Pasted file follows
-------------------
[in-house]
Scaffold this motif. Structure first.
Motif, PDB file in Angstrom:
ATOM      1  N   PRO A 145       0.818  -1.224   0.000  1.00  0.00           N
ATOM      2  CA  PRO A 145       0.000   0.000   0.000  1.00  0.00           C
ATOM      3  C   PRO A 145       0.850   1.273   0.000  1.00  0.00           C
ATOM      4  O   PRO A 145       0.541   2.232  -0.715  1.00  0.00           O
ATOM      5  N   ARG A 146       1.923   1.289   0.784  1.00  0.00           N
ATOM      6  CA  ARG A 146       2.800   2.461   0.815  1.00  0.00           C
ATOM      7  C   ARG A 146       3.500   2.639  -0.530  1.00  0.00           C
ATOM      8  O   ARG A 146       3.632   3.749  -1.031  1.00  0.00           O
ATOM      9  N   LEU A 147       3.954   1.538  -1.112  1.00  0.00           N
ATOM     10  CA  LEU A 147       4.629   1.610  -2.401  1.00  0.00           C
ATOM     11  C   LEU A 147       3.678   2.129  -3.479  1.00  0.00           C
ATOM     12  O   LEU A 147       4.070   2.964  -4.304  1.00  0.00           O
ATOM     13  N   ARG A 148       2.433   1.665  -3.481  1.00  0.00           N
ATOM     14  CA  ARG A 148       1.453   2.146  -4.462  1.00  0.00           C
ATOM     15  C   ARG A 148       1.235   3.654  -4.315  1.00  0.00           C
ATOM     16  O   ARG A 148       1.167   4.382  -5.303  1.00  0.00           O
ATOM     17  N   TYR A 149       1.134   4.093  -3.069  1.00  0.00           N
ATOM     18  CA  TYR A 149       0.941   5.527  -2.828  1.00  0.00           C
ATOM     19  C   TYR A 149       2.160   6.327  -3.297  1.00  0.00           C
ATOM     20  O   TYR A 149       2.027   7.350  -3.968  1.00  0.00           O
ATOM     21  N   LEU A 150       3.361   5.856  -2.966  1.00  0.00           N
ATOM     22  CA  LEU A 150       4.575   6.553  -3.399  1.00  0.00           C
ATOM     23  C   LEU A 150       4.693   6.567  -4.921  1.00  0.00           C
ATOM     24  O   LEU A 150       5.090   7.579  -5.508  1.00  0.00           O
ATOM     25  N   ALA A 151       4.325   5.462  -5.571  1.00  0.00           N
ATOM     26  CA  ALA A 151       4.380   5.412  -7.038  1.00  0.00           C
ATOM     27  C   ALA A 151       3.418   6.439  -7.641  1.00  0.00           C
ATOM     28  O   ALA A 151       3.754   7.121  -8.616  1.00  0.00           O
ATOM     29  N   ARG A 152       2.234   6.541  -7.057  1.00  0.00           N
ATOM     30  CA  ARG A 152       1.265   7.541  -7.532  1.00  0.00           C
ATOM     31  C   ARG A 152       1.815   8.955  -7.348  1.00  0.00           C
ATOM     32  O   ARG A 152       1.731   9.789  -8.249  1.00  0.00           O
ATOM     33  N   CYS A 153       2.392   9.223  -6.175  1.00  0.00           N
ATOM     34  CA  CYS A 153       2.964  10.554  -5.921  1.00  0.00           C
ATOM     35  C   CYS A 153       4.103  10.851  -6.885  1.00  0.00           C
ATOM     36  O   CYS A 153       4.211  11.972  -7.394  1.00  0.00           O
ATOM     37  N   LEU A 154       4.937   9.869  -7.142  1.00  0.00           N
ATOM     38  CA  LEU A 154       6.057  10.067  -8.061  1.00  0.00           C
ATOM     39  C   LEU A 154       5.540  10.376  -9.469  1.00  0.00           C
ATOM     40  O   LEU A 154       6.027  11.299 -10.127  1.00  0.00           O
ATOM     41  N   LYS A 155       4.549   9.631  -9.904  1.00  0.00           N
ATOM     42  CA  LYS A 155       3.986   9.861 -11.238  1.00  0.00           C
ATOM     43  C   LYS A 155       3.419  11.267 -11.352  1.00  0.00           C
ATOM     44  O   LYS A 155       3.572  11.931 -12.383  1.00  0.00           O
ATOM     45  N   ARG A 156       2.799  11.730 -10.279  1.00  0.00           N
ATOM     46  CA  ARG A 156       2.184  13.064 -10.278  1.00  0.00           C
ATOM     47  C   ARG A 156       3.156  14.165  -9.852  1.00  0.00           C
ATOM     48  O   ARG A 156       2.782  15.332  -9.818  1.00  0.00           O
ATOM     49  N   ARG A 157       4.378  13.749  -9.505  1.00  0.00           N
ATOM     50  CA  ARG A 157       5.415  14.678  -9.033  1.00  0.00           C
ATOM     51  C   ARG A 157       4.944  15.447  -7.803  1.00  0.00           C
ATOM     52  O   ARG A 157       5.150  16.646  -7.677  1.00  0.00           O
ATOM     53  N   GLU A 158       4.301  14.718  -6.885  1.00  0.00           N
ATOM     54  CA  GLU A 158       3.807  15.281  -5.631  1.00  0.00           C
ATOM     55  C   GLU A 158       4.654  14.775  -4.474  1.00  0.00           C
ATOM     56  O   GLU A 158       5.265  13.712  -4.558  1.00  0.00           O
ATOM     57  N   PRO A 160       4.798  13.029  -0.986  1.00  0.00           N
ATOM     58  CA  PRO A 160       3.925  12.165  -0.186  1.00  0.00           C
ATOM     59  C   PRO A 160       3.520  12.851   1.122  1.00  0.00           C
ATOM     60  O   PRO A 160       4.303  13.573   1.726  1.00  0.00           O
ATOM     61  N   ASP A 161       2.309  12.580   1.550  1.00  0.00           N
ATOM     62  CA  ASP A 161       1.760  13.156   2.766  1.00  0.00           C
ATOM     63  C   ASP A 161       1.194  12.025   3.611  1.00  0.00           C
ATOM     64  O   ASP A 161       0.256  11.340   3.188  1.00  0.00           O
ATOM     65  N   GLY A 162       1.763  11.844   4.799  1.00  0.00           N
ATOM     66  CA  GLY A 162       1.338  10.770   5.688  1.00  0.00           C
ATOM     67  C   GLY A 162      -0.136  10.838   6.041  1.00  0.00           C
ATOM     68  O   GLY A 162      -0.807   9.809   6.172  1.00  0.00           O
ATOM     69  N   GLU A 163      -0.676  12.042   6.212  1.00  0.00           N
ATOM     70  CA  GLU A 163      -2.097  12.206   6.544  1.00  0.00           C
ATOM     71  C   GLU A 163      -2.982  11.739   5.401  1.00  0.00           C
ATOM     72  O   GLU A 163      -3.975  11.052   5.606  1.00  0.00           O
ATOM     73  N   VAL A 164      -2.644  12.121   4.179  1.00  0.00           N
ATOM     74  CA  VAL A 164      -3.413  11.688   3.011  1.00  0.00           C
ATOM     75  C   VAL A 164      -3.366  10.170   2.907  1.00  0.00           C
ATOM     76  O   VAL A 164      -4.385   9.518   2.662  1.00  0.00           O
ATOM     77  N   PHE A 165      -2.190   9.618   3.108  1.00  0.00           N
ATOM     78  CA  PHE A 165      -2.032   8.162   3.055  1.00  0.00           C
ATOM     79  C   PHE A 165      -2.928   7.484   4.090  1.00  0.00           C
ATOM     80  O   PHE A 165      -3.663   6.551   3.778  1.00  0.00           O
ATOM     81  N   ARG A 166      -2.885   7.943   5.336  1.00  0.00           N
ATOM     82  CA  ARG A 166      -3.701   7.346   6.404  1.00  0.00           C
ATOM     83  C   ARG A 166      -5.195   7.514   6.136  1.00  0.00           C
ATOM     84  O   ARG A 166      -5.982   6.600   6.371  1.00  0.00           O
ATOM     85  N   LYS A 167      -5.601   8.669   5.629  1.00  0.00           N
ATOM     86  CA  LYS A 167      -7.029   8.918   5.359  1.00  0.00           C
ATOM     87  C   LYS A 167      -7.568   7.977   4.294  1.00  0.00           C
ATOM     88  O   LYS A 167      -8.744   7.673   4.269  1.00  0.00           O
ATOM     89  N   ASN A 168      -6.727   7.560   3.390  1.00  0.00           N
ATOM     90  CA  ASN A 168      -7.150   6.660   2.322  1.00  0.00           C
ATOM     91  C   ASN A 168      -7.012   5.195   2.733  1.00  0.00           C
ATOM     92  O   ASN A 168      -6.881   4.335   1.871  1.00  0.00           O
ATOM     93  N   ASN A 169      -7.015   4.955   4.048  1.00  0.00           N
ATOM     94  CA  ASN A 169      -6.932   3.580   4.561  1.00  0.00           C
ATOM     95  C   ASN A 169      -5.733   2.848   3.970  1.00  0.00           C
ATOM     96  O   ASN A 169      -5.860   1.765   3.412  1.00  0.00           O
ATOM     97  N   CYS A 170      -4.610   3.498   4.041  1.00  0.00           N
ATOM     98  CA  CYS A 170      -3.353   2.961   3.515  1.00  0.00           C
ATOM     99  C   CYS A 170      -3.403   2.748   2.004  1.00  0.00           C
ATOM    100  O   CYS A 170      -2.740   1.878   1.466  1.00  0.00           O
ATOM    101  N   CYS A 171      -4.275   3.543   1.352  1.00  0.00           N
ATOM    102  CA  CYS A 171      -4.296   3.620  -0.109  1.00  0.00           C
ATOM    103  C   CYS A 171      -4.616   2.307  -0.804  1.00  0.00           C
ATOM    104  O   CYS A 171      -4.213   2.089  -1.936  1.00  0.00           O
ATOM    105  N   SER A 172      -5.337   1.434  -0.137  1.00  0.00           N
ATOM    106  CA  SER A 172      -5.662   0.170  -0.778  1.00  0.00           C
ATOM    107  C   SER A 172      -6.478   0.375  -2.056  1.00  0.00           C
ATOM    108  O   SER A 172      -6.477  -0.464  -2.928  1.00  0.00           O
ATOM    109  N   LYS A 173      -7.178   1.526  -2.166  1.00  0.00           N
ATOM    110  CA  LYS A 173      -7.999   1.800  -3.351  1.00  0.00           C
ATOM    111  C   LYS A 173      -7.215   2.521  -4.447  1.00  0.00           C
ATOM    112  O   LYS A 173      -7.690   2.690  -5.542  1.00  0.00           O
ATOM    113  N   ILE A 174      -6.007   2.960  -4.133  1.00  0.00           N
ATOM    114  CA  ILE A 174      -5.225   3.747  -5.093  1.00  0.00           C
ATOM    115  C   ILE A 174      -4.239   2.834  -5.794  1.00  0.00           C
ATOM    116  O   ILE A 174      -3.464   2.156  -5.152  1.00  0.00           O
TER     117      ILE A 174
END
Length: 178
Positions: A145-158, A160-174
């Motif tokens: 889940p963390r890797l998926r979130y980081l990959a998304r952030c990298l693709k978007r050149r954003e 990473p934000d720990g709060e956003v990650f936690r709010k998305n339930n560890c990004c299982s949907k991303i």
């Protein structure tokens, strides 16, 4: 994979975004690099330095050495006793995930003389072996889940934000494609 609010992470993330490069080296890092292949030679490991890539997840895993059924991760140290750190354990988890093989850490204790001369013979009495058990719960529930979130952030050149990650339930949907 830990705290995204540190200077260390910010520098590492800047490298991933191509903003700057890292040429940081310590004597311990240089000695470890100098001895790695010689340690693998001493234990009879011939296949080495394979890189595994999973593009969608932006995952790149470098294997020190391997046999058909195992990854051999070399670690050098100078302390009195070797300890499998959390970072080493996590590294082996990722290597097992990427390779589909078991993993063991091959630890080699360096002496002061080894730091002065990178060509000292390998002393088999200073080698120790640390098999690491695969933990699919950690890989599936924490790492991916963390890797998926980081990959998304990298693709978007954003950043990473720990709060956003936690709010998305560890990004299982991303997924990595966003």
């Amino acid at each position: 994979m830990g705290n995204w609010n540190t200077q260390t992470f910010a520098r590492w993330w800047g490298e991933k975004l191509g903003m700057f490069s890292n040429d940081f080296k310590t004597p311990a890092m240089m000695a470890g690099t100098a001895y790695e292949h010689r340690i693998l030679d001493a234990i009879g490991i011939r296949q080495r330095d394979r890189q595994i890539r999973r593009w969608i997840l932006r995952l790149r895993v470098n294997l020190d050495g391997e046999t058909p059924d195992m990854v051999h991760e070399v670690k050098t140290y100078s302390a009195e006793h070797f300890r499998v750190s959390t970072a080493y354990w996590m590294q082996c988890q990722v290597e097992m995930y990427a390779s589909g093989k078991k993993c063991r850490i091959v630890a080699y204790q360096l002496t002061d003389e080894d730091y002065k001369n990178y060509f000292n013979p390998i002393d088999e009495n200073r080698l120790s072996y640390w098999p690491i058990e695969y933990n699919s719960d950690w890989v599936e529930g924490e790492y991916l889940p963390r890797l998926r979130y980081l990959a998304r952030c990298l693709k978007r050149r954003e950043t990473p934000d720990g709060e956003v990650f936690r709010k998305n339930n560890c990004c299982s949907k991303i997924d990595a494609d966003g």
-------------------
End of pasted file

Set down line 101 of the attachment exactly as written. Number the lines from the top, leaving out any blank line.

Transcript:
ATOM     98  CA  CYS A 170      -3.353   2.961   3.515  1.00  0.00           C